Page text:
Dr. Andrew Fry is a Professor in the Department of Health, Sport, and Exercise Sciences at the University of Kansas. He received his Masters in Exercise Science from the University of Nebraska – Lincoln and his PhD in Exercise Physiology from Pennsylvania State University. He then went on to do a postdoctoral fellowship in the College of Osteopathic Medicine and Department of Biological Sciences at Ohio University. Andy is with us today to tell us about his journey through life and science.
Dr. Fry served on the faculty at the University of Memphis for 13 years, during which he was the Director of the Exercise Biochemistry Laboratory, and served as the Graduate Coordinator in the Department of Health and Sport Sciences. In 2007, he relocated to the University of Kansas as Department Chair. In 2008, in collaboration with KU Athletics, Inc., he co-found the Research and Coaching Performance Team to address sport performance research needs for KU student-athletes. In addition to his numerous research publications and presentations, as well as the many invited lectures, Dr. Fry has served as a board member and vice-president of the 40,000 member National Strength and Conditioning Association. He is currently the Past-President of the Central States Chapter of the American College of Sports Medicine. Besides serving as a reviewer for numerous scientific journals, he has also worked as a consultant for organizations such as the U.S. Army, the U.S. Space Biomedical Research Institute, and the Nebraska Athlete Performance Laboratory. He is married to Dr. Mary Fry, a sport and exercise psychologist, and has two children, Jared and Lindsey.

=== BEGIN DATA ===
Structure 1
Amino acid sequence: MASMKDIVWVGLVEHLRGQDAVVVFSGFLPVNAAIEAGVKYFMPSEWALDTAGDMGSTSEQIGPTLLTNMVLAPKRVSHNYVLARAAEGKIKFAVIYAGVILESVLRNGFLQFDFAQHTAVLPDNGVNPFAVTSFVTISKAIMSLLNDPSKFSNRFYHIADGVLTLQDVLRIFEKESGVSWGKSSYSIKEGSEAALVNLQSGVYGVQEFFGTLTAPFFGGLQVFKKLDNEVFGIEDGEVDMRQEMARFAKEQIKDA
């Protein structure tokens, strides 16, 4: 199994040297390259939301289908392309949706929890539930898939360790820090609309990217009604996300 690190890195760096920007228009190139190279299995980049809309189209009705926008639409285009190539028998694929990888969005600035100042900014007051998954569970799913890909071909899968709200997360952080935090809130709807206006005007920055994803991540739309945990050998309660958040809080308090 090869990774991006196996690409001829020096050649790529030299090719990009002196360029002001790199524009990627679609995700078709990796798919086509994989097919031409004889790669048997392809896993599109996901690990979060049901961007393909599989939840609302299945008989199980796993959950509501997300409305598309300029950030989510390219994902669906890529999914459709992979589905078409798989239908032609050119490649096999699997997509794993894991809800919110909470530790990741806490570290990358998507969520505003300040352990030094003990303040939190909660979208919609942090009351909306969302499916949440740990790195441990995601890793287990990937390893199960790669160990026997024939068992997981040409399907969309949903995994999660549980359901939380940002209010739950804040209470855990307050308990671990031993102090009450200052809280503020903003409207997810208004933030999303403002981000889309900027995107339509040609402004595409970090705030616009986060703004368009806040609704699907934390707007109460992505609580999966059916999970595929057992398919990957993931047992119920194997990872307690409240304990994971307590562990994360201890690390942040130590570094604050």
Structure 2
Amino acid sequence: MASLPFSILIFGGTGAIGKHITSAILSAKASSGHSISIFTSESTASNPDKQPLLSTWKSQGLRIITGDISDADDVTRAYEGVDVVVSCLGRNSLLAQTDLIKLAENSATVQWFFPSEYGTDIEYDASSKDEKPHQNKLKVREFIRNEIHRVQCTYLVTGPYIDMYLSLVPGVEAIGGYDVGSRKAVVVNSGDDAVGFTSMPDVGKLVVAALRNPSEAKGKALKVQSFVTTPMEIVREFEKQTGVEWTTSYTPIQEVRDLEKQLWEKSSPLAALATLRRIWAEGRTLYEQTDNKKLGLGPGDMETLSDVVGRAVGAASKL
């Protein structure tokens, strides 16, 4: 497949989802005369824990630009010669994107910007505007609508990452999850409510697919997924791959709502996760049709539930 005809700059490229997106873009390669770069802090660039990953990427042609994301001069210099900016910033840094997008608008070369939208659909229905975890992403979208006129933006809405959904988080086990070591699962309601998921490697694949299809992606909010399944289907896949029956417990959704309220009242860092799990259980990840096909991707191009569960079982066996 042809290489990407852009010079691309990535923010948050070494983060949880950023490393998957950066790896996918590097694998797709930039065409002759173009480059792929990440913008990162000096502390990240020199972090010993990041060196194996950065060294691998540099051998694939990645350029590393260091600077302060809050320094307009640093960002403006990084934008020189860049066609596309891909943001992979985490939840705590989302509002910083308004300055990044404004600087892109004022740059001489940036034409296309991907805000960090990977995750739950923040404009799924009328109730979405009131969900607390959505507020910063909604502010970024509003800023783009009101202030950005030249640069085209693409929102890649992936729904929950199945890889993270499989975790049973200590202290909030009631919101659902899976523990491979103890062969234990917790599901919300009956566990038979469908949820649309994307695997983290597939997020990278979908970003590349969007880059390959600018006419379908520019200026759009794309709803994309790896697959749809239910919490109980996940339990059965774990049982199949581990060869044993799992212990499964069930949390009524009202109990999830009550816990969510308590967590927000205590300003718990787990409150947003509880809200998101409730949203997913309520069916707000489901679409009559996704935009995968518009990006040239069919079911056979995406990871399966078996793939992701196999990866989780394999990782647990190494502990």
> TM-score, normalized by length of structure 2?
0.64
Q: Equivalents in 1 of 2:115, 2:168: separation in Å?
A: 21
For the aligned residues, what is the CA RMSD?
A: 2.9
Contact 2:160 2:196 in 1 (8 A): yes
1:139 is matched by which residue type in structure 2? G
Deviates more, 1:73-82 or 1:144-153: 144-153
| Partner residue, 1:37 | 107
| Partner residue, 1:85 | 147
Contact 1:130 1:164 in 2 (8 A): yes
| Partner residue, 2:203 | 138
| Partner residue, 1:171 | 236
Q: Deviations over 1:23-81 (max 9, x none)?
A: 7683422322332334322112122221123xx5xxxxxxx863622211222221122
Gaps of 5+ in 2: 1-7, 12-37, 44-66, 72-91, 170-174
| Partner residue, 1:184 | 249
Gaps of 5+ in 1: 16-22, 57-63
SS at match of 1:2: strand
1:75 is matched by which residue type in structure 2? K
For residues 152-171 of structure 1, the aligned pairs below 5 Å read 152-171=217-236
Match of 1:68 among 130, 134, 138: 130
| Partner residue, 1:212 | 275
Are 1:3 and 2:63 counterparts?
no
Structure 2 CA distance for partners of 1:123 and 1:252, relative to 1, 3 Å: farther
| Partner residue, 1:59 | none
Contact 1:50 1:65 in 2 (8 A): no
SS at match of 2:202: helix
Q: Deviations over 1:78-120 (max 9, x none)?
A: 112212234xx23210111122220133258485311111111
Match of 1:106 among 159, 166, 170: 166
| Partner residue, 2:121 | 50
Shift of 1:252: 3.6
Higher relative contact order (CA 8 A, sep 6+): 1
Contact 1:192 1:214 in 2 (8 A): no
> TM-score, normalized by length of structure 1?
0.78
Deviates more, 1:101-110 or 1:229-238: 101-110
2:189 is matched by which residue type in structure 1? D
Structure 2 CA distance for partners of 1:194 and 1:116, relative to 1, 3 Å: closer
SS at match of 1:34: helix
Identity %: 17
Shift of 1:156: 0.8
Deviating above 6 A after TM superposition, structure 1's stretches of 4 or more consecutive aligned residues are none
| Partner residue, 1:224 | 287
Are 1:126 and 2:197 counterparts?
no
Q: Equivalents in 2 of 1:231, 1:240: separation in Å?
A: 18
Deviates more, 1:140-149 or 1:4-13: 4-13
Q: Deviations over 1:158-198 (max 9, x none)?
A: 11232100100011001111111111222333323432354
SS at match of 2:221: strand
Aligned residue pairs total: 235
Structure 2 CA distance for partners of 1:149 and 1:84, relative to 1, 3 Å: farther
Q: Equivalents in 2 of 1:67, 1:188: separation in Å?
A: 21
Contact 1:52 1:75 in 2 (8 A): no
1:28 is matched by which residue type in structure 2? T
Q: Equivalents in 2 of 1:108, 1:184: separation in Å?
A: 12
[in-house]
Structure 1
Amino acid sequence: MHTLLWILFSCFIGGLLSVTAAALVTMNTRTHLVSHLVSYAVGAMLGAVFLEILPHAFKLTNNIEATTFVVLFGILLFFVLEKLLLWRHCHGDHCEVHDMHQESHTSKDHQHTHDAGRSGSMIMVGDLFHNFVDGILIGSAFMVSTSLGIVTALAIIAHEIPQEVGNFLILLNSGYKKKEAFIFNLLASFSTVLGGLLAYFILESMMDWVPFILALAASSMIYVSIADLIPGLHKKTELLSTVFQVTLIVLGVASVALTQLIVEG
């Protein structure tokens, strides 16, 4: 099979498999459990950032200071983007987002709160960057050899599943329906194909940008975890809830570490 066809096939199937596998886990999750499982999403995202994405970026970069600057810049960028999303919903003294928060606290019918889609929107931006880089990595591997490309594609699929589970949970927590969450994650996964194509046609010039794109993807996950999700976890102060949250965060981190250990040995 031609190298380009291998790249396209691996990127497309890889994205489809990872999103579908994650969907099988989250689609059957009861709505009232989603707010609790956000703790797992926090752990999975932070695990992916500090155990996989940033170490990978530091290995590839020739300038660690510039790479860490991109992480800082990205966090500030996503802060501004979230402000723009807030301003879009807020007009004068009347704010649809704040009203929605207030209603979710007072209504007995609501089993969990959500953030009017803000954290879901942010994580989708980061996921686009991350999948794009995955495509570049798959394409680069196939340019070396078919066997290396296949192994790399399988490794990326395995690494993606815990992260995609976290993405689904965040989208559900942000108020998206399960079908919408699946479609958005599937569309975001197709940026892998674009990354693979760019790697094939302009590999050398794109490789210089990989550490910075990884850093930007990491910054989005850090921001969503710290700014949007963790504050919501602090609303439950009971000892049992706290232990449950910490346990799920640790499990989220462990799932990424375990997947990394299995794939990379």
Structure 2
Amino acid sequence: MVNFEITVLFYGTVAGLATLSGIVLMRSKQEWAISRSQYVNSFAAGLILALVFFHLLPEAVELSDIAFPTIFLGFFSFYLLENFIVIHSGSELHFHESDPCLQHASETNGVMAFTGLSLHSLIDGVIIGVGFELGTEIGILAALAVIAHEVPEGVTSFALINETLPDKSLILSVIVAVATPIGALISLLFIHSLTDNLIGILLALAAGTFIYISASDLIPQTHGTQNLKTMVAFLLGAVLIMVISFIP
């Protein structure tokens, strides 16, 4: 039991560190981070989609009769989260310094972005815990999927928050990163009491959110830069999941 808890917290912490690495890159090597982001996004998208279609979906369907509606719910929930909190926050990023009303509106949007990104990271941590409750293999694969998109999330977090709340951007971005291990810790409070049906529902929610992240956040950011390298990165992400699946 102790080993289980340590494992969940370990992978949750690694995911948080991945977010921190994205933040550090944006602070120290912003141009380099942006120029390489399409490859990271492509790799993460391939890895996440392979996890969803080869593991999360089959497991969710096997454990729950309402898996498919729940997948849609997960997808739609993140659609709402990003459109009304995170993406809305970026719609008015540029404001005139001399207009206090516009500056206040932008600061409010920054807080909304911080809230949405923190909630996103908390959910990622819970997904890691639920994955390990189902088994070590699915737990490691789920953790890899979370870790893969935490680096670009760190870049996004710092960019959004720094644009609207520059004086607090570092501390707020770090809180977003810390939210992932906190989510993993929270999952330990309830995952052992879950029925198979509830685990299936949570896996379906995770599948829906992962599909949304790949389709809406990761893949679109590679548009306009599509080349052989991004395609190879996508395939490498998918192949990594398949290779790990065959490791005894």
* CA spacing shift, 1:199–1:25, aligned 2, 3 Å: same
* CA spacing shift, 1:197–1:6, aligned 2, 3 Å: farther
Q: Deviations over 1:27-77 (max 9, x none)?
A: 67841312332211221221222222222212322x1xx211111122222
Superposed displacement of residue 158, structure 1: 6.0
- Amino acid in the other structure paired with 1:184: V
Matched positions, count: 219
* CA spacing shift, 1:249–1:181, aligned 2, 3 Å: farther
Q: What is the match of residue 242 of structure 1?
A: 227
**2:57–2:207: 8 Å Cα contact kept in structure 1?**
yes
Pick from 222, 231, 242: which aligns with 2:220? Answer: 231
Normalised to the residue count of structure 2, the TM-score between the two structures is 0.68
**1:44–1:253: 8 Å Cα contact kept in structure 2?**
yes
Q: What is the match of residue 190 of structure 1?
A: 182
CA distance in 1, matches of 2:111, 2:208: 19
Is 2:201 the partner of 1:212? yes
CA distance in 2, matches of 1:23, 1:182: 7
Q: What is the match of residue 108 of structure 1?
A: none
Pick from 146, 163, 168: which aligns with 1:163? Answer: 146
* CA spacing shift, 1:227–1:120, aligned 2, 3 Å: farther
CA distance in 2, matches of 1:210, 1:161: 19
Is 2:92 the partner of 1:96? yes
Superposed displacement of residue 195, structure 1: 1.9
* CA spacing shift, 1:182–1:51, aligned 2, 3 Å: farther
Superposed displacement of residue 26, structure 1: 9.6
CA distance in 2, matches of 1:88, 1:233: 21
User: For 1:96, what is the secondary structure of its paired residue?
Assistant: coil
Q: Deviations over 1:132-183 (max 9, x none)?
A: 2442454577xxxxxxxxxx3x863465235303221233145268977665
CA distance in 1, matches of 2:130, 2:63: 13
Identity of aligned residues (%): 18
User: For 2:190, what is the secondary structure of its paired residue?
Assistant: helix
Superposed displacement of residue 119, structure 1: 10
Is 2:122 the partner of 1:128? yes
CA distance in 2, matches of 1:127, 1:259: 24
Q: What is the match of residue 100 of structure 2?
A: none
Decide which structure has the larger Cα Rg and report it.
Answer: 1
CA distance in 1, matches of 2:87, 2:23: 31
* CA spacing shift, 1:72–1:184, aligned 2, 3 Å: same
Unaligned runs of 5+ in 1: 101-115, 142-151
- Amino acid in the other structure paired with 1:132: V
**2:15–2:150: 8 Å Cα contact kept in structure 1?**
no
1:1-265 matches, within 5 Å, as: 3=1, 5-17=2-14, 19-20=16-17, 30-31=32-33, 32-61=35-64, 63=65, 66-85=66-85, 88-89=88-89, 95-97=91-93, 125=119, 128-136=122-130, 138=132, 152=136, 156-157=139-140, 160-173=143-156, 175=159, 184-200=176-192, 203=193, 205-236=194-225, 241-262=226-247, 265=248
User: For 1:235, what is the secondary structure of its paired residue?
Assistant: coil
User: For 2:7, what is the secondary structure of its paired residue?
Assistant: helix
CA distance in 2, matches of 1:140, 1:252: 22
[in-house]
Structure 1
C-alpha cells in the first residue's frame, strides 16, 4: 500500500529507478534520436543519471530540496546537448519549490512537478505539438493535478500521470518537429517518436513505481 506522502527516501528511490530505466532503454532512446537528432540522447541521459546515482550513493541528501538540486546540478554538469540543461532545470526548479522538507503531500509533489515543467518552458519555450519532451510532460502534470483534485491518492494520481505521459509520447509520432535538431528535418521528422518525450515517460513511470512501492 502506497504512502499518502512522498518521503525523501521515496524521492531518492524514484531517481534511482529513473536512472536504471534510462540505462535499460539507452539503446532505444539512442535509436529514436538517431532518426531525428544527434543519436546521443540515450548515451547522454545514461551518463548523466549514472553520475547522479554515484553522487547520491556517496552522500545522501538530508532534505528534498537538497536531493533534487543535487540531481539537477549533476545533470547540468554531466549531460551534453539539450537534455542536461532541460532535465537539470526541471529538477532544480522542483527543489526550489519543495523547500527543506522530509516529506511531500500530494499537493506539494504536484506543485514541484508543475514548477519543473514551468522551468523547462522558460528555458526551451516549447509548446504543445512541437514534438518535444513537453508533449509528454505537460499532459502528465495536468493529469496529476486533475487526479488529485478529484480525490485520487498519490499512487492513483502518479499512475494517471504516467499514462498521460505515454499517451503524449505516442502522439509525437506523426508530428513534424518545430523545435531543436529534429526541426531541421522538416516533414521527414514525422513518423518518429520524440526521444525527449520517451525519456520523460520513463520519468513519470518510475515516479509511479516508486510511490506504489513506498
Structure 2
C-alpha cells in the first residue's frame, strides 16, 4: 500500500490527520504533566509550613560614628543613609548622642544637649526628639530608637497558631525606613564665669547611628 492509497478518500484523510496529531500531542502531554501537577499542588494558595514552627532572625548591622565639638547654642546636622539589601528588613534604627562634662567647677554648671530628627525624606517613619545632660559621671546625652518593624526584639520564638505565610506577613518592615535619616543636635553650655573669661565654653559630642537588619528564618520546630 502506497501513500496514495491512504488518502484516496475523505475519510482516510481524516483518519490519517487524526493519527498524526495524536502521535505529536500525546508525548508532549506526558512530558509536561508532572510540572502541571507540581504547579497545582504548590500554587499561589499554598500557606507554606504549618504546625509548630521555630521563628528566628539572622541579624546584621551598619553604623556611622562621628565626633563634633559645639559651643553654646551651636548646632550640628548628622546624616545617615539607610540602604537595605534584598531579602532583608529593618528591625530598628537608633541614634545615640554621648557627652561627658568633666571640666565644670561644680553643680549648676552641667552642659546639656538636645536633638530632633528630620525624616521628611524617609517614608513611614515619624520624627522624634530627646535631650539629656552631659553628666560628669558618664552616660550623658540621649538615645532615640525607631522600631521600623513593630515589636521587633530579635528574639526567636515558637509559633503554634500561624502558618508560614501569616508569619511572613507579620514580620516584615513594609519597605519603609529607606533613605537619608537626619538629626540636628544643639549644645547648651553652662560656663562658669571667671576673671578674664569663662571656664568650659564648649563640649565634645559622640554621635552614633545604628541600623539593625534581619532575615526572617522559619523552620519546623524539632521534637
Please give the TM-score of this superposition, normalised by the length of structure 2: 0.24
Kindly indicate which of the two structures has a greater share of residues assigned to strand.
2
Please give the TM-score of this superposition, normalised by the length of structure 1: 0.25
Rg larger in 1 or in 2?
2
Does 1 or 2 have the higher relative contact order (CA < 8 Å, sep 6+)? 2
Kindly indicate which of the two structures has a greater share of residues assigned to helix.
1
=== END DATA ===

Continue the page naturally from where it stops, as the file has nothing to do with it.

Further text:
Dr. Fry’s research has focused on several main areas, skeletal muscle physiology concerning responses and adaptations to exercise, primarily resistance exercise. In addition, he examines the interface between the muscle and endocrine systems in exercise settings. In each setting, the relationships between physiology and performance are examined. Finally, the topic of overtraining and diminished performance is also studied within the context of the above listed systems.